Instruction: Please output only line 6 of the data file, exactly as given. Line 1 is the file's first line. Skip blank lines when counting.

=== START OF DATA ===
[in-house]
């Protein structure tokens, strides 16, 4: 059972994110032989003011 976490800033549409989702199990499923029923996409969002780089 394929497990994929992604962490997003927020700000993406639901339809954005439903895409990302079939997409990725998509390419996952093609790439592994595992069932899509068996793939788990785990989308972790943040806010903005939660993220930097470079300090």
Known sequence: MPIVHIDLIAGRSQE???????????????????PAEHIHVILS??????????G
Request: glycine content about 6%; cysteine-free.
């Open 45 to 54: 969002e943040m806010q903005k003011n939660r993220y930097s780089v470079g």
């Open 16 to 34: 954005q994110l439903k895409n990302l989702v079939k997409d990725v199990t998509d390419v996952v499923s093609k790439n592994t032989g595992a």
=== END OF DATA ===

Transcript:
């Open 16 to 34: 954005q994110l439903k895409n990302l989702v079939k997409d990725v199990t998509d390419v996952v499923s093609k790439n592994t032989g595992a």